Biology for Kids Breathing and the Respiratory System Humans breathe through something called the respiratory system. This system is made up primarily of our lungs and windpipe. Why do we have to breathe? Our body is a very complex system.
Explanations of disorders of the respiratory system including pneumonia bronchitis asthma and emphysema. Molecules of oxygen and carbon dioxide are passively exchanged, by diffusion, between the gaseous external environment and the blood. This exchange process occurs in the alveolar region of the lungs.
Respiratory disease is a medical term that encompasses pathological conditions affecting the organs and tissues that make gas exchange possible in higher organisms, and includes conditions of the upper respiratory tract, trachea, bronchi, bronchioles, alveoli, pleura and pleural cavity, and the nerves and muscles of breathing.
Respiratory diseases range from mild and self-limiting, such as the common cold, to life-threatening entities like bacterial pneumonia, pulmonary embolism, and lung cancer.
The respiratory system can be subdivided into an upper respiratory tract and a lower respiratory tract based on anatomical features. The upper respiratory tract includes the nasal passages, pharynx and the larynx, while the lower respiratory tract is comprised of the trachea, the primary bronchi and lungs.
The primary Respiratory system mechanics worksheet of the respiratory system is to supply the blood with oxygen in order for the blood to deliver oxygen to all parts of the body. The respiratory system does this through breathing. When we breathe, we inhale oxygen and exhale carbon dioxide.
This exchange of gases is the respiratory system's means of getting oxygen to the blood. The respiratory system lies dormant in the human fetus during pregnancy. At birth, the respiratory system becomes fully functional upon exposure to air, although some lung development and growth continues throughout childhood.
Pre-term birth can lead to infants with under-developed lungs.
Smoking and air pollution are two common causes of respiratory problems. Disorders of the respiratory system can be classified into four general areas: Coughing is of major importance, as it is the body's main method to remove dust, mucus, saliva, and other debris from the lungs.
Inability to cough can lead to infection. Deep breathing exercises may help keep finer structures of the lungs clear from particulate matter, etc. The respiratory tract is constantly exposed to microbes due to the extensive surface area, which is why the respiratory system includes many mechanisms to defend itself and prevent pathogens from entering the body.
Common Respiratory Disorders Include: Chronic Obstructive Pulmonary Disease COPD - Irritation of the lungs can lead to asthma, emphysema, and chronic bronchitis and people can develop two or three of these together.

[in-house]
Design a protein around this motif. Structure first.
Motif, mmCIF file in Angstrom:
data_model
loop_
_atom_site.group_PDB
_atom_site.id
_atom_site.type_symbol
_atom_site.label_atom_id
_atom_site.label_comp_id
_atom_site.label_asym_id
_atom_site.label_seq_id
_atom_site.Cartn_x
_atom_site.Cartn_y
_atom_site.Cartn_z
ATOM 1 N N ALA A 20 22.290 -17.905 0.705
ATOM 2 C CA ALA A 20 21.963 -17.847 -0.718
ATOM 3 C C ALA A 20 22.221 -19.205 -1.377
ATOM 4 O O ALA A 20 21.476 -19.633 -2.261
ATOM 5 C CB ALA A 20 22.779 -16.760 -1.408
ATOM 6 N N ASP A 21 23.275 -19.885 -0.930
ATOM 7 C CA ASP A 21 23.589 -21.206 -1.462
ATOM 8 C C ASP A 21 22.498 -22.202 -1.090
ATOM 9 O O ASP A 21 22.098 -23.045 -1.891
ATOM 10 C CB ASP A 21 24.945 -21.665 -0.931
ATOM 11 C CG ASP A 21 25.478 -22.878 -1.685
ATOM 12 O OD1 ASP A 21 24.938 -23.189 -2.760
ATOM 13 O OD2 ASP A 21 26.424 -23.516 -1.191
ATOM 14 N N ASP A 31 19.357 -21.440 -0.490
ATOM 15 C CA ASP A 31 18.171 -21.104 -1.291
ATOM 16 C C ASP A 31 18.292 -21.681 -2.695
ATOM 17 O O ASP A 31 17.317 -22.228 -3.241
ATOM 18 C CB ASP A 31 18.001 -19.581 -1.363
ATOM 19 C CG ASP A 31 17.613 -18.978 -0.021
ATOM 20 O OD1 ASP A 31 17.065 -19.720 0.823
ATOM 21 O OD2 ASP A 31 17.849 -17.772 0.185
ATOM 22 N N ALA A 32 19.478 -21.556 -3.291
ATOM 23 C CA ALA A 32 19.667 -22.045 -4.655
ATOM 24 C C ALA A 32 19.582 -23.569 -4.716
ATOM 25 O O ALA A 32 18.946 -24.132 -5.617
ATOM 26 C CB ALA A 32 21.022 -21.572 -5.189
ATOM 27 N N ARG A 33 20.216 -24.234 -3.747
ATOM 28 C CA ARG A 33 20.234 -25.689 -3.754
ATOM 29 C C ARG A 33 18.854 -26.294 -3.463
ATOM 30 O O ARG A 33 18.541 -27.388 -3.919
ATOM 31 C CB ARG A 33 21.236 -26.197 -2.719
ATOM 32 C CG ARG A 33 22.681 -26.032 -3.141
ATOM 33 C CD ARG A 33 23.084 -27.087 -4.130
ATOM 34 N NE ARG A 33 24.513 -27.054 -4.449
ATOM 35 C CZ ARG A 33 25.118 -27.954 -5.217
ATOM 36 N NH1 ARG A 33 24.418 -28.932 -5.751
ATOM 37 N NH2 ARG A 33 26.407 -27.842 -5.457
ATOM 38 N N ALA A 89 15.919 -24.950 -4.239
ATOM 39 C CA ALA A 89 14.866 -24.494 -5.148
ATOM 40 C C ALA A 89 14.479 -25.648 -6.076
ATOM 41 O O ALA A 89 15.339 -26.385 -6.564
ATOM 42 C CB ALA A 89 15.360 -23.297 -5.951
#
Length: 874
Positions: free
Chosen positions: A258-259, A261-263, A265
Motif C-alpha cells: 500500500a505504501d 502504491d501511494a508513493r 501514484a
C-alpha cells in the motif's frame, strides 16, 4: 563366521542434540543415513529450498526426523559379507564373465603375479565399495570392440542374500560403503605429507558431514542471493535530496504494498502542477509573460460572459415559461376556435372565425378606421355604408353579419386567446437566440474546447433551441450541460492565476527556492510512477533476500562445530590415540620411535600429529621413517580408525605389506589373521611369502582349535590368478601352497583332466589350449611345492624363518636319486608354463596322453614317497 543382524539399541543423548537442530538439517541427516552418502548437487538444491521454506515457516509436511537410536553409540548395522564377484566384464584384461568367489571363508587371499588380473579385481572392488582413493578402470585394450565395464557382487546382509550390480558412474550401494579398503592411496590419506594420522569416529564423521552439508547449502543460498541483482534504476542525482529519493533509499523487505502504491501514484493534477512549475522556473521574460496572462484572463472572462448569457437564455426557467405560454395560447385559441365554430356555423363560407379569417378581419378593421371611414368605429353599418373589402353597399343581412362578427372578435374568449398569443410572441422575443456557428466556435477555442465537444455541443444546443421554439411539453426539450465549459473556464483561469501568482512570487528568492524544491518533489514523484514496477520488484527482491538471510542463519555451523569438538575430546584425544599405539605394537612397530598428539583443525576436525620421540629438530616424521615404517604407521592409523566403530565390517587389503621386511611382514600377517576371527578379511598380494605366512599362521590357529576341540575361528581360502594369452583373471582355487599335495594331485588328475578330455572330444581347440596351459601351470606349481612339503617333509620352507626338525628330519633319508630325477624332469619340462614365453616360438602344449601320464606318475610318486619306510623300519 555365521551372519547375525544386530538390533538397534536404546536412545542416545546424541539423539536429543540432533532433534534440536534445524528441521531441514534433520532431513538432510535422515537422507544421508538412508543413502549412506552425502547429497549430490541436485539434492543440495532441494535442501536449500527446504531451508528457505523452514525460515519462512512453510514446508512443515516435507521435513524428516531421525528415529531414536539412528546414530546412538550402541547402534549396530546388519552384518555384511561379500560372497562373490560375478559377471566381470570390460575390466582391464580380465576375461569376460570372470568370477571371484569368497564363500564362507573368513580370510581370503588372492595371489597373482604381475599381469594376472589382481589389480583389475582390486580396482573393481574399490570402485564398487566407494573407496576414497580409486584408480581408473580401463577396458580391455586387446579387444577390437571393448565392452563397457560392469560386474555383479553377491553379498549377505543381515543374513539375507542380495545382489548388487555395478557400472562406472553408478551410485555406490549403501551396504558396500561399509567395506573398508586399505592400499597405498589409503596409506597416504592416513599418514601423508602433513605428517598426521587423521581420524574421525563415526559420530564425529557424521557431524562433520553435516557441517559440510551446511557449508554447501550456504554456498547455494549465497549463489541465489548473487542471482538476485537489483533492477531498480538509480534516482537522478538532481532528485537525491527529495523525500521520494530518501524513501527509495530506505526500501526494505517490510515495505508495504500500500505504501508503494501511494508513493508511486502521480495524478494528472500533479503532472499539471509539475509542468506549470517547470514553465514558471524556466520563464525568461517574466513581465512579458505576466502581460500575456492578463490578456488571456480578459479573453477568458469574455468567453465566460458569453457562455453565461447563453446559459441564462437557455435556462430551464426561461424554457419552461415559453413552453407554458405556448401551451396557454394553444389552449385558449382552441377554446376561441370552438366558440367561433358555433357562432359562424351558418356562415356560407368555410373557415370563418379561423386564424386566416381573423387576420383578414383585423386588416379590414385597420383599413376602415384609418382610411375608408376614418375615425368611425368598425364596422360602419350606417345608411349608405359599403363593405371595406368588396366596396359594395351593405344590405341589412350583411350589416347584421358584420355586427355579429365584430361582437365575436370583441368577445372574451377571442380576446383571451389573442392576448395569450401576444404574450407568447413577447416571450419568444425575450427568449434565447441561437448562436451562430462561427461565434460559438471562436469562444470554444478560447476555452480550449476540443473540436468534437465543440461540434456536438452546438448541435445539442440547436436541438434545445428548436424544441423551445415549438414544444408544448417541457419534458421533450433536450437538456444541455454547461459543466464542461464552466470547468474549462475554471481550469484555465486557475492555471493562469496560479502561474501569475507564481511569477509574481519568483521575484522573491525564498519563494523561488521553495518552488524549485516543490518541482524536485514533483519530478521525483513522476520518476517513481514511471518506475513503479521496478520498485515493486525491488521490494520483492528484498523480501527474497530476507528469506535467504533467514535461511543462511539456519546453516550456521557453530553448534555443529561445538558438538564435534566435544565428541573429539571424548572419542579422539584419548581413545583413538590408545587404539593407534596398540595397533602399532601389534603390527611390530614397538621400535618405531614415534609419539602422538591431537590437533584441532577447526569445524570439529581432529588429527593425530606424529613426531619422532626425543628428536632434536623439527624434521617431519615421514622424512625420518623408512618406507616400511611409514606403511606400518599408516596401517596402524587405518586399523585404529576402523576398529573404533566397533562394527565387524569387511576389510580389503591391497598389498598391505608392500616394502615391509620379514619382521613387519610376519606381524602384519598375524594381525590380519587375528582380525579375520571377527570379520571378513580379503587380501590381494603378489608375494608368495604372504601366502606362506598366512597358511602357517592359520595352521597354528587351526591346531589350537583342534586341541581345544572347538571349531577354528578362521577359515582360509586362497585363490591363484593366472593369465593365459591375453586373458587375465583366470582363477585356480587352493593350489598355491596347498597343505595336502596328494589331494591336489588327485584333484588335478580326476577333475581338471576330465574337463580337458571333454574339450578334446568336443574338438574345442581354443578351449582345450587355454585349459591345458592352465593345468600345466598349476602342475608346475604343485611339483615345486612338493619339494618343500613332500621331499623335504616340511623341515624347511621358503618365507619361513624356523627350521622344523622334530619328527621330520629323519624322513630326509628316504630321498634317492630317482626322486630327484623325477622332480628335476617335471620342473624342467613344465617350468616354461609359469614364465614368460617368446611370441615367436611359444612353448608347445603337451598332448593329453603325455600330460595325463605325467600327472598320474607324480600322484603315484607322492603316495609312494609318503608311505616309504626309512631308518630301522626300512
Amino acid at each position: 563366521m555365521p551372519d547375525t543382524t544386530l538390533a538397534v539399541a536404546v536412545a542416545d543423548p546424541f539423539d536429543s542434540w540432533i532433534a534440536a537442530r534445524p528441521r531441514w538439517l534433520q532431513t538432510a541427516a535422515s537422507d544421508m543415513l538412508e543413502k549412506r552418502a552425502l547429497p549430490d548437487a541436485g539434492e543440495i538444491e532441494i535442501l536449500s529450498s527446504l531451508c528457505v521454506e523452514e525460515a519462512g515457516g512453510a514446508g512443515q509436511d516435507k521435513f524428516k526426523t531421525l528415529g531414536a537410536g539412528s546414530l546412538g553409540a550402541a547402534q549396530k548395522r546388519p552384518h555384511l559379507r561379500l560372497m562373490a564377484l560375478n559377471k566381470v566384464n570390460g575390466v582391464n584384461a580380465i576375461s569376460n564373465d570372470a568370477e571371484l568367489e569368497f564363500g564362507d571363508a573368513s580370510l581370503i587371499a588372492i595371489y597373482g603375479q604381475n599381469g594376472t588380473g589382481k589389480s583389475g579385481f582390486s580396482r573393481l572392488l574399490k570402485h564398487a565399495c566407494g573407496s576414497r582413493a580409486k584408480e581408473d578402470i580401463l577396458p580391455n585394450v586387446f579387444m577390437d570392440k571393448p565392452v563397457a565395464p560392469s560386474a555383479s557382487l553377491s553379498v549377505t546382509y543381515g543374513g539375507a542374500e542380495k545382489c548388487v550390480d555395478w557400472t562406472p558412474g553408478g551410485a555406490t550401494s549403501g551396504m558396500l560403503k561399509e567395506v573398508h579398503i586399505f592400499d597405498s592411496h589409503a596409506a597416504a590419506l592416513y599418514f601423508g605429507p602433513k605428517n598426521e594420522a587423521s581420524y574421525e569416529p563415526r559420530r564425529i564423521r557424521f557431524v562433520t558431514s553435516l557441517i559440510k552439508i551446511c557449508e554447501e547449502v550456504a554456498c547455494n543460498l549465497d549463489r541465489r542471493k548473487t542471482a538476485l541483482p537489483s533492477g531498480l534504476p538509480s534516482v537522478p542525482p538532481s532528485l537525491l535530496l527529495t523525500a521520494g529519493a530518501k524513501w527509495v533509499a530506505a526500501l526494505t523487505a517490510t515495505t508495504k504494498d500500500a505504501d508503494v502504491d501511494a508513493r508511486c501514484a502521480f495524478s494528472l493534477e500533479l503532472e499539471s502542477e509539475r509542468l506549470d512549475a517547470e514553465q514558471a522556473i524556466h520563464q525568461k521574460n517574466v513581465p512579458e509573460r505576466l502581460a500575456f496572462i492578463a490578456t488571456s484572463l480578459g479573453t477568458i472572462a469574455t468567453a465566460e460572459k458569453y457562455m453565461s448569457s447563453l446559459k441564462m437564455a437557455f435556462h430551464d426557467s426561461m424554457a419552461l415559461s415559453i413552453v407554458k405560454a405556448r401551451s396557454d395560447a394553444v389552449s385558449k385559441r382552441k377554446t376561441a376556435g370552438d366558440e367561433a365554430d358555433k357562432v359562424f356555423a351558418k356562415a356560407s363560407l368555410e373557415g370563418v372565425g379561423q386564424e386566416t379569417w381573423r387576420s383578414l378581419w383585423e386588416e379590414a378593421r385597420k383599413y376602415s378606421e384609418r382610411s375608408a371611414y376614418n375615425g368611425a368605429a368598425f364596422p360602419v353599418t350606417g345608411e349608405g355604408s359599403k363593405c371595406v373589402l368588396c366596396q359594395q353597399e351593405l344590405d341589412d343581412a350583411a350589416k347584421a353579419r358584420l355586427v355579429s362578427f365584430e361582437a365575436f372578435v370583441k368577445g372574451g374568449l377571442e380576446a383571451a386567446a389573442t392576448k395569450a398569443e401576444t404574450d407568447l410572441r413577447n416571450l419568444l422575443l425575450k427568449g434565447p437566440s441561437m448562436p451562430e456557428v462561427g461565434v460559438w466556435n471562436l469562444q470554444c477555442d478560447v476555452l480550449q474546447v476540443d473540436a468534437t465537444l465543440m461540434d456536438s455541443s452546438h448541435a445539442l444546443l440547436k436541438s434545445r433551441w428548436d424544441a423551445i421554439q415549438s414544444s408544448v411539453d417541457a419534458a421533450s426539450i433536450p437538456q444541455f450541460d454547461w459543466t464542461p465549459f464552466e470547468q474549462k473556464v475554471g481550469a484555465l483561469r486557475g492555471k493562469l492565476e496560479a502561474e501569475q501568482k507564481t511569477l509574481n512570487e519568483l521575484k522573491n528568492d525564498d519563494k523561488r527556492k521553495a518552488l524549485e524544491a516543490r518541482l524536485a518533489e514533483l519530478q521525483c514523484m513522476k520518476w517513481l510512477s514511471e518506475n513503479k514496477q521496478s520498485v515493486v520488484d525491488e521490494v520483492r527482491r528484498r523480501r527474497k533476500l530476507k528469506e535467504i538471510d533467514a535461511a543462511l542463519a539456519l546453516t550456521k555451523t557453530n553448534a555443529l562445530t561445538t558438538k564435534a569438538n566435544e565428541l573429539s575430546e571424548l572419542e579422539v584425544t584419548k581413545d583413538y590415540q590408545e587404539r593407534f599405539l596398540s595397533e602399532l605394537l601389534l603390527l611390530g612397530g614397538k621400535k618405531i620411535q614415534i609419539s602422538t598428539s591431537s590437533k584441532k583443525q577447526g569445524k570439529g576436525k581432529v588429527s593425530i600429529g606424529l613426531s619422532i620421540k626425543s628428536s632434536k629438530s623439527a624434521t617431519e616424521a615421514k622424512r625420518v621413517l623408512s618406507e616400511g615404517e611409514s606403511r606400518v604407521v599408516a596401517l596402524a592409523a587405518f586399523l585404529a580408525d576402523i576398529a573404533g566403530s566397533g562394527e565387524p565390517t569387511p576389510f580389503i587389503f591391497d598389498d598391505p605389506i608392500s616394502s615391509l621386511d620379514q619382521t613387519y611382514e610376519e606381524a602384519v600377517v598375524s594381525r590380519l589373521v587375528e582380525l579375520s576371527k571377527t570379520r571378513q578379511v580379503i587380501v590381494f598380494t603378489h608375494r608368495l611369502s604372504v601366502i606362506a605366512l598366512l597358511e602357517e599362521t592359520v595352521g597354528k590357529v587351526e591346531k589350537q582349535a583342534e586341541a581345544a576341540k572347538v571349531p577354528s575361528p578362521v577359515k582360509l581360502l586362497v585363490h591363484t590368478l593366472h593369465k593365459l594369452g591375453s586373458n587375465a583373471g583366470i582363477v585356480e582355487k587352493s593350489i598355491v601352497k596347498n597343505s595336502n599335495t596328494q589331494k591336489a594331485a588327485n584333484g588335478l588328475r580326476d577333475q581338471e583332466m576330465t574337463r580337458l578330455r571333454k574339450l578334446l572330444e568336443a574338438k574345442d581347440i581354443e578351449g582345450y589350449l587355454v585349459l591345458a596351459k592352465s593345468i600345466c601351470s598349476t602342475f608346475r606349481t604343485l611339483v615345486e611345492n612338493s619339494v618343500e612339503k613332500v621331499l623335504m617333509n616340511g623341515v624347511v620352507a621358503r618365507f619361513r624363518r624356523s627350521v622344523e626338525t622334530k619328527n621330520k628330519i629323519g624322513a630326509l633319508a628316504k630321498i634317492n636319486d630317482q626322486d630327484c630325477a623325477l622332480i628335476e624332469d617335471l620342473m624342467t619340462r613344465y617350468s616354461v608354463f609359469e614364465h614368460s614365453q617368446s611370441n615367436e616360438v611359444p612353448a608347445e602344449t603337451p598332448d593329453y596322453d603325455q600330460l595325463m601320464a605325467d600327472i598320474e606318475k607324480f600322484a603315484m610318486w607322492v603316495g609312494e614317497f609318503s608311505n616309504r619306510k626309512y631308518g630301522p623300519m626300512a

Chronic Bronchitis - Any irritant reaching the bronchi and bronchioles will stimulate an increased secretion of mucus.
In chronic bronchitis the air passages become clogged with mucus, and this leads to a persistent cough. Emphysema - The delicate walls of the alveoli break down, reducing the gas exchange area of the lungs. The condition develops slowly and is seldom a direct cause of death.
Asthma - Periodic constriction of the bronchi and bronchioles makes it more difficult to breathe. Pneumonia - An infection of the alveoli. It can be caused by many kinds of both bacteria and viruses.The respiratory system is responsible for delivery of air to your lungs, where gas exchange occurs.
Within lung tissue, oxygen is picked up by the bloodstream, and the waste product, carbon dioxide, is removed from the bloodstream for disposal via the same air tubes.
Exercise 7: Respiratory System Mechanics Worksheet Assignment Due: Week 7 Student instructions: Follow the step-by-step instructions for this exercise found in your text and record your answers in the spaces below. Submit this completed document by the assignment due date found in the Syllabus.
Please make sure that your answers are typed in RED. The respiratory system PowerPoint presentation and accompanying worksheet covering the layout of the respiratory system, mechanics of breathing, the nasal system, the structure of the lungs, breathing during exercise, and lactic acid production.
Mechanics of breathing. When we inhale the intercostal muscles (between the ribs) and diaphragm contract to expand the chest cavity. The diaphragm flattens and moves downwards and the intercostal muscles move the rib cage upwards and out.
Anatomy of Respiratory System. Path of Air Flow. 1. Nasal cavity. Hairs and mucus in the nose filters the air. The nasal cavity has lot of capillaries that warm . PhysioEXverion8 respiratory system mechanics work sheet answers.
Anatomy and Physiology 6 years ago scarynurse bio_man 1 Reply Views. Solved PhysioEx Respiratory System Mechanics. Anatomy and Physiology 6 years ago nrsntraining bio_man 3 Replies Views.